At the petition of the Vatican and the Spanish government of José Luis Rodríguez Zapatero, the Cuban Catholic Church, headed by Cardinal Jaime Ortega, mediated with the authorities in Havana, an intervention that led in 2010 and 2011 to the release of 127 prison inmates, 52 of whom were considered “political” by Amnesty International [1]. According to that human rights organization, there are no prisoners of conscience in Cuba [2]. The Cuban Catholic Church shares this viewpoint [3].

 

Some sectors accused the Cuban government, the Catholic Church and the Zapatero government of forcing those people into exile. Several Western media outlets repeated that version [4]. The Spanish Popular Party (rightist) denounced “the expatriation” of the Cuban dissidents [5].

 

Nevertheless, that version does not resist any analysis. In effect, of the 127 persons released in the framework of the agreement between Havana, the Vatican and Madrid, 12 chose to remain in Cuba. Laura Pollán, the then-spokeswoman for the opposition group Ladies in White, and a bitter detractor of the Cuban government, spoke clearly on the subject: “Nobody has forced any prisoner to leave the country. Whoever says the opposite is lying.” Similarly, several dissidents affirmed that at no time did the Cuban authorities ask them to leave the country as a precondition to their release [6].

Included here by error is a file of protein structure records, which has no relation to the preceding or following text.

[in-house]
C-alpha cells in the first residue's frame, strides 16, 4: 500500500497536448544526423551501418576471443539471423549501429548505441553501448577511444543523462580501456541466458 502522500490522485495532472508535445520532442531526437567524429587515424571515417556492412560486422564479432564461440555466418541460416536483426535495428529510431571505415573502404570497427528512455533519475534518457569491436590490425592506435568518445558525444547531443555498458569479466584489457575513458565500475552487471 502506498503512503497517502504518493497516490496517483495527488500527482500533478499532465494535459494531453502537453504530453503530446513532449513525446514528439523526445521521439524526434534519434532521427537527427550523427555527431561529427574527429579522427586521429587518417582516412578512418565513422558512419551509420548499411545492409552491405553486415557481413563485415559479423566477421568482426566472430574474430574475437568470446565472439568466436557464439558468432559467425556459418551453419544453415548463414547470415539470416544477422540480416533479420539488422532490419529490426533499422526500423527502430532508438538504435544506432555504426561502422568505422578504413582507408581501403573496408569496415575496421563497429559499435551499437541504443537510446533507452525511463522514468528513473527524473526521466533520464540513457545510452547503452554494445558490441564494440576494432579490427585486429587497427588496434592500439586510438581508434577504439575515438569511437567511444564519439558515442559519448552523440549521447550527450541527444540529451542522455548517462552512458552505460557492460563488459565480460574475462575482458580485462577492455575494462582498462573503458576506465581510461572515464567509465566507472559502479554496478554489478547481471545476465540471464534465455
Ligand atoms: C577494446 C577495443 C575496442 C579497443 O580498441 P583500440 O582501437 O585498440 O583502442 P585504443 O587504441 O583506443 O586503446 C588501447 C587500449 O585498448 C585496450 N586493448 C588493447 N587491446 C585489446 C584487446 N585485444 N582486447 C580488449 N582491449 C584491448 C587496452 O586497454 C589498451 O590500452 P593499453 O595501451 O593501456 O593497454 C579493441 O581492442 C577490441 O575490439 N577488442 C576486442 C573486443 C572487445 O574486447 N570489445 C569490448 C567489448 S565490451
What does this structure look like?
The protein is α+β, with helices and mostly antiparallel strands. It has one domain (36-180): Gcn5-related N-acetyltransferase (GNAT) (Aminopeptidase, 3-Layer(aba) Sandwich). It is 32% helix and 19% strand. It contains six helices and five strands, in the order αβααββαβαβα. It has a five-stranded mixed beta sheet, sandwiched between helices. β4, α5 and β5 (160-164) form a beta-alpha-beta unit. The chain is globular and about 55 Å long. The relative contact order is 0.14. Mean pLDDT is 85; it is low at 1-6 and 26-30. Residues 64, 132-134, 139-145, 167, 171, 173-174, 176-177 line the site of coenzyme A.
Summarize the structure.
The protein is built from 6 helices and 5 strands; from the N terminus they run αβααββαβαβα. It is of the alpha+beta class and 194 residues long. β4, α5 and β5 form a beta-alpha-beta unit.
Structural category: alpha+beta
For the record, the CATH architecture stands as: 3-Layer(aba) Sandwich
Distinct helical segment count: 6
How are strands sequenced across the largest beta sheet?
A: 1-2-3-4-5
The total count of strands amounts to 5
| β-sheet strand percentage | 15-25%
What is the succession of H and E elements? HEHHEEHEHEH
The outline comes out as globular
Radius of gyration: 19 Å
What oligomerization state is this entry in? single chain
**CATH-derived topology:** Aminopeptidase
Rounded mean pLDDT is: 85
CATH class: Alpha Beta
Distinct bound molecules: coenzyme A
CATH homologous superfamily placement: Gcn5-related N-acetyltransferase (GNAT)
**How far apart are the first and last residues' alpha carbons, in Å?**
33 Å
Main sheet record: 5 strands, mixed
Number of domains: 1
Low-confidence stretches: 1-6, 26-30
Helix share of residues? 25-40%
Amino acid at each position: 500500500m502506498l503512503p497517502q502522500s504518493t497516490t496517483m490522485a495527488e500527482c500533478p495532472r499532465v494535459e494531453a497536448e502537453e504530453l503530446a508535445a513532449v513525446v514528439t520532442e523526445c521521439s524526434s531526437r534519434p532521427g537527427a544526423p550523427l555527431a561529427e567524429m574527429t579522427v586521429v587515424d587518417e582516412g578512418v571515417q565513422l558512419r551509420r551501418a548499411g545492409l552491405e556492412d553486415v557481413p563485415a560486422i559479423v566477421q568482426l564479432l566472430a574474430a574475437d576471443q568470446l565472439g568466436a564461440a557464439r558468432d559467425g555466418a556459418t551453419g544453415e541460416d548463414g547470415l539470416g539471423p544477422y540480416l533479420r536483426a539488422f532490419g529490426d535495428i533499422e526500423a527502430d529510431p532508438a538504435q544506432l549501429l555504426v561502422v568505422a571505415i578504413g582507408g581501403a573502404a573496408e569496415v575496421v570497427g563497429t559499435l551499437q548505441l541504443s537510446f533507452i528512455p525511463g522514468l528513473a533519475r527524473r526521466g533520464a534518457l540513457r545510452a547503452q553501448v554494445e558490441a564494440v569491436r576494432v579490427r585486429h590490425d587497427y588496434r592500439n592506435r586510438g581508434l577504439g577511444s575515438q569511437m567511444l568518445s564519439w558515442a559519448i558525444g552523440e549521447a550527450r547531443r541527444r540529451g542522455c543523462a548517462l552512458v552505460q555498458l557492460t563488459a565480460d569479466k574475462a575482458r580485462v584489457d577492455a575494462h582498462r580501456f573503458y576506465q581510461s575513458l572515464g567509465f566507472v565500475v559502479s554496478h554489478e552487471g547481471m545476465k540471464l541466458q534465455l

Fernando Ravsberg, BBC correspondent in Havana, also denied that assertion. Several dissidents who chose to leave the country told him that “they could have remained on the island if they had so wished. They assured me that at no time was departure abroad imposed upon them as a precondition for release” [7].

 

The painful reality in Spain

 

Far from finding a prosperous nation, the Cuban dissidents were strongly impacted by the economic crisis that besets Spain. Most of them have no jobs, no resources and sometimes no roof over their heads. The Red Cross shelters take care of them. According to the Spanish press, “one year after their arrival, the exiles are losing government aid and find themselves without any resources, because a huge majority of them have not found stable employment” [8].